Spall delivers all this in the performance of a lifetime. At first, he staggers on stage, as Michael appears drunk on the day of his dad’s funeral, then we get sharp snapshots of his substance abuse. To the sound of football chants, he puts on a white shirt and black tie, then roars into anecdotes, at first gabbling his words, torrents of them, then relaxing into the laconic ease of the man with a story to tell. Spall brightly mimics Michael’s friends and his relatives and their relatives, then interacts with the audience, who are close enough in the Dorfman space to touch. He offers people a sniff of cocoa butter or a biscuit. The crisis of masculinity has rarely been so personable.
What this bravura display suggests is that Michael’s life is itself a performance: he is playing the role of a white working-class man without really being the part. So Spall ever so subtly leads us into understanding the depths of his character: his confident exterior is a carapace, a shell that hides not just a vulnerable man, but a failure. And a weakling. And a person who believes in nothing. A big nothing. Spall makes this a compelling journey, full of humour as well as insight, ugly truths as well as unexpected narrative turns. By the end there is even a distant gleam, like a light glimpsed in the middle of a night-time binge, of some kind of muted hope.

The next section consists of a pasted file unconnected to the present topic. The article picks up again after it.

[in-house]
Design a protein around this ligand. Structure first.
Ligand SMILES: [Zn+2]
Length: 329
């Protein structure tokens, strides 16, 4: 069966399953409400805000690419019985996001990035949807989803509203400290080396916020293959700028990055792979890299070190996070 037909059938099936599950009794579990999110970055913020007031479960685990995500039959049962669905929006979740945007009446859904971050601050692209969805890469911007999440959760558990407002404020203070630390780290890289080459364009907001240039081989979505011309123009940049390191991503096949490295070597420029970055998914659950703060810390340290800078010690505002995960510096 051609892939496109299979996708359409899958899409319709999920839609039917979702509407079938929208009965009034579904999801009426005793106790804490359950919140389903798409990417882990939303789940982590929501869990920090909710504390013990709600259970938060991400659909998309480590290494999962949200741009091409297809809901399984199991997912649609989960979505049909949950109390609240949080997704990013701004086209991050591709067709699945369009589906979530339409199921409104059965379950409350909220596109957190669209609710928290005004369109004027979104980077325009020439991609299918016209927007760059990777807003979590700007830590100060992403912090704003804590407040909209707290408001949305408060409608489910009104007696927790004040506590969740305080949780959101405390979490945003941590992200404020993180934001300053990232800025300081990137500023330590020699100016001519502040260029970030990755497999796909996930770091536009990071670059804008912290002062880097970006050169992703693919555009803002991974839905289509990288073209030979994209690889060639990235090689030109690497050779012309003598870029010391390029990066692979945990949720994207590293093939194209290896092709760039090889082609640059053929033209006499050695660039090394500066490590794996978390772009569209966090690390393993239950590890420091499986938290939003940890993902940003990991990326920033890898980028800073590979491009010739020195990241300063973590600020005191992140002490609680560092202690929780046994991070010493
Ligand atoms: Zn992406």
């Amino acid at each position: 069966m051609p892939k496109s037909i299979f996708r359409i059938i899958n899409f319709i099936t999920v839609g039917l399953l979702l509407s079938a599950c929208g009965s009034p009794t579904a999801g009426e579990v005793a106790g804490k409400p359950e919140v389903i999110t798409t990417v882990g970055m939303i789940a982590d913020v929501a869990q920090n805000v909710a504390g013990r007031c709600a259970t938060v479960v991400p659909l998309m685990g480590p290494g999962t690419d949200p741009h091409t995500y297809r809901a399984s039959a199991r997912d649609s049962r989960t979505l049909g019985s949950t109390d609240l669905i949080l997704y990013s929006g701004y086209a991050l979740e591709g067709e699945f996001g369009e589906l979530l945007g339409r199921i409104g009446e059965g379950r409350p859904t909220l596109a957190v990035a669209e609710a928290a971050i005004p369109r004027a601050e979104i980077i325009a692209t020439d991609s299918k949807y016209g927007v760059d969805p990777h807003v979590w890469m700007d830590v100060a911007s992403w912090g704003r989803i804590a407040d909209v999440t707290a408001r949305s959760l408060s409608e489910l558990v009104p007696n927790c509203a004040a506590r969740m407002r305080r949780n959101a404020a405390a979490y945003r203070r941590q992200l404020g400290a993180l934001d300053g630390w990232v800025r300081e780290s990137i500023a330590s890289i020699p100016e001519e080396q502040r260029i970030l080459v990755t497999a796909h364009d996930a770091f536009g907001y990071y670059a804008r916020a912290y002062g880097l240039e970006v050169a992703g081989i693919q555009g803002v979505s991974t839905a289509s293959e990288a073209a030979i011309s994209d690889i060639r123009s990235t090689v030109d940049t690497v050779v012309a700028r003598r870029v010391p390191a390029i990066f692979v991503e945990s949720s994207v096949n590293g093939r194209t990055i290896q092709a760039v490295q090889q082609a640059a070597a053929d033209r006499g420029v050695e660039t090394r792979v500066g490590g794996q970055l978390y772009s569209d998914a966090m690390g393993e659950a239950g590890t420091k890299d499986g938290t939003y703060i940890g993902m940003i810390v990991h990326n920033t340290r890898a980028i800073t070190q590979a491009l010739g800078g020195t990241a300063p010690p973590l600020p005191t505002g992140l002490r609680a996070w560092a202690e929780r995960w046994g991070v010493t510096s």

Spall is brilliantly served by Dyer’s directorial vision, which combines beauty and humour: at first, the stage, designed by Sadeysa Greenaway-Bailey and Ultz, is a large scarlet cross, like a flag of St George. Then it becomes muted black, and Spall collects the necessary props from small cabinets above the audience, spaces which also allow for brief projections (a picture of his meal for example). Some of these props are simple illustrations of the story, as when a Jamaican patty is used for an anecdote about Delroy; others are more symbolic, as when parental love is evoked by two white mugs, each bearing a big red heart.
At one point bananas fall from the sky, as if pelted onto a football pitch by racist hooligans; there are flowers in tin vases; then an urn holding dad’s ashes. Beautiful touches include using the black head of Nefertiti for Delroy’s mum and a golden plate with a Medusa-like image for Michael’s mum. Carly is represented by a stuffed bulldog toy, Michael’s dad by a shirt with three lions. There’s a shocking blaze of fire that introduces the crematorium scene, and a powerful music sequence as Michael descends into the underworld, like a figure in a Greek tragedy. By the end, we get spat out — lacerated by anger, but also heartened by the emotional intelligence of this brilliant show. And by the great irony that one of the most sympathetic and humane plays about racism has been written by two black men.
This review first appeared on The Arts Desk
Death of England is at the National Theatre until 7 March.